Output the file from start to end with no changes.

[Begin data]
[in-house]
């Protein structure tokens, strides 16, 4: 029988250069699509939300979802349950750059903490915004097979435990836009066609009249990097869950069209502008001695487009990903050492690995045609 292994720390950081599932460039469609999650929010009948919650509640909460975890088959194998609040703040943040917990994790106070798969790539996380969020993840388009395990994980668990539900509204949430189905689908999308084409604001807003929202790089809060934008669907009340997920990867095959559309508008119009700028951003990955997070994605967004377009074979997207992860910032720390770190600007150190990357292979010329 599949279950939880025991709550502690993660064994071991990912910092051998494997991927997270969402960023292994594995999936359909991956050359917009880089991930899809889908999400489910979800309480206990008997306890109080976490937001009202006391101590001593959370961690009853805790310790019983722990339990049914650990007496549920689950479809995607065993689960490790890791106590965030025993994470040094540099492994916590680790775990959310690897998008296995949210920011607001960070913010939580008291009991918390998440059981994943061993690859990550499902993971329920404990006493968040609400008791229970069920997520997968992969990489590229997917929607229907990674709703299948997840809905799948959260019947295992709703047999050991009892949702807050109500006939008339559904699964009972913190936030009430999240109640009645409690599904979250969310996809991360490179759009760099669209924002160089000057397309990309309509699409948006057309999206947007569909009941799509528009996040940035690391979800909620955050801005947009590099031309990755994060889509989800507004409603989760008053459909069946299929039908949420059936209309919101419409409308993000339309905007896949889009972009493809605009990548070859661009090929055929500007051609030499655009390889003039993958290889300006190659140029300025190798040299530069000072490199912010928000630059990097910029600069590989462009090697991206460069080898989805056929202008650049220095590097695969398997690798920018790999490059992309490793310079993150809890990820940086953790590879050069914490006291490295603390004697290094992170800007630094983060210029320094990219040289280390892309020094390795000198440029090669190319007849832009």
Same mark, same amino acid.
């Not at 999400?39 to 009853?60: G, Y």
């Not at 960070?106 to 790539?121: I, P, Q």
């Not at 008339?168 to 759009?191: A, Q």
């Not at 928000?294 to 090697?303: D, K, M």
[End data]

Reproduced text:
[in-house]
């Protein structure tokens, strides 16, 4: 029988250069699509939300979802349950750059903490915004097979435990836009066609009249990097869950069209502008001695487009990903050492690995045609 292994720390950081599932460039469609999650929010009948919650509640909460975890088959194998609040703040943040917990994790106070798969790539996380969020993840388009395990994980668990539900509204949430189905689908999308084409604001807003929202790089809060934008669907009340997920990867095959559309508008119009700028951003990955997070994605967004377009074979997207992860910032720390770190600007150190990357292979010329 599949279950939880025991709550502690993660064994071991990912910092051998494997991927997270969402960023292994594995999936359909991956050359917009880089991930899809889908999400489910979800309480206990008997306890109080976490937001009202006391101590001593959370961690009853805790310790019983722990339990049914650990007496549920689950479809995607065993689960490790890791106590965030025993994470040094540099492994916590680790775990959310690897998008296995949210920011607001960070913010939580008291009991918390998440059981994943061993690859990550499902993971329920404990006493968040609400008791229970069920997520997968992969990489590229997917929607229907990674709703299948997840809905799948959260019947295992709703047999050991009892949702807050109500006939008339559904699964009972913190936030009430999240109640009645409690599904979250969310996809991360490179759009760099669209924002160089000057397309990309309509699409948006057309999206947007569909009941799509528009996040940035690391979800909620955050801005947009590099031309990755994060889509989800507004409603989760008053459909069946299929039908949420059936209309919101419409409308993000339309905007896949889009972009493809605009990548070859661009090929055929500007051609030499655009390889003039993958290889300006190659140029300025190798040299530069000072490199912010928000630059990097910029600069590989462009090697991206460069080898989805056929202008650049220095590097695969398997690798920018790999490059992309490793310079993150809890990820940086953790590879050069914490006291490295603390004697290094992170800007630094983060210029320094990219040289280390892309020094390795000198440029090669190319007849832009």
Same mark, same amino acid.
């Not at 999400?39 to 009853?60: G, Y």
């Not at 960070?106 to 790539?121: I, P, Q």
């Not at 008339?168 to 759009?191: A, Q």
């Not at 928000?294 to 090697?303: D, K, M």